Issue #15567 has been updated by Eregon (Benoit Daloze).


Thanks for the link.

Is `throw` used for other things than `redirect`?

If `redirect` would use a regular exception, and for instance pass `[]` as the backtrace, it would probably be as efficient, but then gives the possibility to differentiate for example with `rescue => e; e&.should_commit?` or so.
`throw`/`catch` has AFAIK no way to communicate any information, so there is no way to know if the `throw` is meant as a convenience return like for `redirect` or as some kind of bailout which should not commit the transaction.
It can't even be differentiated from return/break so it seems a bad idea to use `throw` in the first place.

It feels weird that Timeout uses `throw` and not `raise`, and it seems counter-intuitive (everyone knows `Timeout.timeout {}` raises Timeout::Error, and exception, `throw` is unexpected)
It also adds quite some complexity: https://github.com/ruby/timeout/blob/4893cde0eda321448a1a86487ac9b571f6c35727/lib/timeout.rb#L29-L50
Does anyone know what's the point of that?

What I could find is https://github.com/ruby/timeout/commit/238c003c921e6e555760f8e96968562a622a99c4
and https://bugs.ruby-lang.org/issues/8730

IMHO `rescue Exception` without re-raise is always the bug.

----------------------------------------
Feature #15567: Allow ensure to match specific situations
https://bugs.ruby-lang.org/issues/15567#change-92321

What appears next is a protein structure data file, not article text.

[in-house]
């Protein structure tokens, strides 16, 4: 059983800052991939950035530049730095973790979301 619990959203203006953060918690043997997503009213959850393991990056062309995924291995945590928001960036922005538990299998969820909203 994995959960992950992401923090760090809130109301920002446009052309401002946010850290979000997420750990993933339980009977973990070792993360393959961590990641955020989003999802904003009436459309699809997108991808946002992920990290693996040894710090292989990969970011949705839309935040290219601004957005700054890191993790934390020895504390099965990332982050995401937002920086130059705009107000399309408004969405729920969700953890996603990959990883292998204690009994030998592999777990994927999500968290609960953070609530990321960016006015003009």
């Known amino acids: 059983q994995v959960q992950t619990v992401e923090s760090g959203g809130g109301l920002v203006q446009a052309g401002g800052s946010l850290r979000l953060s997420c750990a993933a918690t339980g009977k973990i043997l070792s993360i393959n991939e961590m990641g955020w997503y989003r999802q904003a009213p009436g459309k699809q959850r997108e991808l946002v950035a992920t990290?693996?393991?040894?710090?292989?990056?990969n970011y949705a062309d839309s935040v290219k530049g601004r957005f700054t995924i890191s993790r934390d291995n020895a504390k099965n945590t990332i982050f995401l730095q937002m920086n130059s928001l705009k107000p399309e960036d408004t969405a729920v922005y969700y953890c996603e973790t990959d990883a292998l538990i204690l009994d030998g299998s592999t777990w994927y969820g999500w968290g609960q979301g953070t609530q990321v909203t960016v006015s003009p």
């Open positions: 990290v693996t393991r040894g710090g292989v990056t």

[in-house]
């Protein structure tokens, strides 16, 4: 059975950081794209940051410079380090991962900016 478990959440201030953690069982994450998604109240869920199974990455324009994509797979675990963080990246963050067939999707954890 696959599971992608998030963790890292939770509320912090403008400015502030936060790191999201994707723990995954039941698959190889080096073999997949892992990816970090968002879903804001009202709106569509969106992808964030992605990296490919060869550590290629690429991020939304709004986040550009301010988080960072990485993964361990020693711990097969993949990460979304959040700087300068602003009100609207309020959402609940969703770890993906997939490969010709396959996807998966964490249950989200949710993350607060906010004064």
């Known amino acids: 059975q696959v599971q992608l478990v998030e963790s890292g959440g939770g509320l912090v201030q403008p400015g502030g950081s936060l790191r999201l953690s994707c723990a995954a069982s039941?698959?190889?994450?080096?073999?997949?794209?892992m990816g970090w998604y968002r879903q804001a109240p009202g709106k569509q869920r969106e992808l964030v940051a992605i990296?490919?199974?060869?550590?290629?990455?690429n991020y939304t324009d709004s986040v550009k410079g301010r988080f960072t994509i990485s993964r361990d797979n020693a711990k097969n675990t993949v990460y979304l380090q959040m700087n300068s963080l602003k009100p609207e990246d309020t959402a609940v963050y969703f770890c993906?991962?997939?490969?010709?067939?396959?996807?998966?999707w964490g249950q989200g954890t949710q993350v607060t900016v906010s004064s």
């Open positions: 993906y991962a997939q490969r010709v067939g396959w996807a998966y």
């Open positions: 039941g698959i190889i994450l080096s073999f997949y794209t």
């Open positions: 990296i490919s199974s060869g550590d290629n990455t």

* Author: ioquatix (Samuel Williams)
* Status: Rejected
* Priority: Normal
* Assignee: ioquatix (Samuel Williams)
----------------------------------------
There are some situations where `rescue Exception` or `ensure` are not sufficient to correctly, efficiently and easily handle abnormal flow control.

Take the following program for example:

```
def doot
	yield
ensure
	# Did the function run to completion?
	return "abnormal" if $!
end

puts doot{throw :foo}
puts doot{raise "Boom"}
puts doot{"Hello World"}

catch(:foo) do
	puts doot{throw :foo}
end
```

Using `rescue Exception` is not sufficient as it is not invoked by `throw`.

Using `ensure` is inefficient because it's triggered every time, even though exceptional case might never happen or happen very infrequently.

I propose some way to limit the scope of the ensure block:

```
def doot
	yield
ensure when raise, throw
	return "abnormal"
end
```

The scope should be one (or more) of `raise`, `throw`, `return`, `next`, `break`, `redo`, `retry` (everything in `enum ruby_tag_type` except all except for `RUBY_TAG_FATAL`).

Additionally, it might be nice to support the inverted pattern, i.e.

```
def doot
	yield
ensure when not return
	return "abnormal"
end
```

Inverted patterns allow user to specify the behaviour without having problems if future scopes are introduced.

`return` in this case matches both explicit and implicit.




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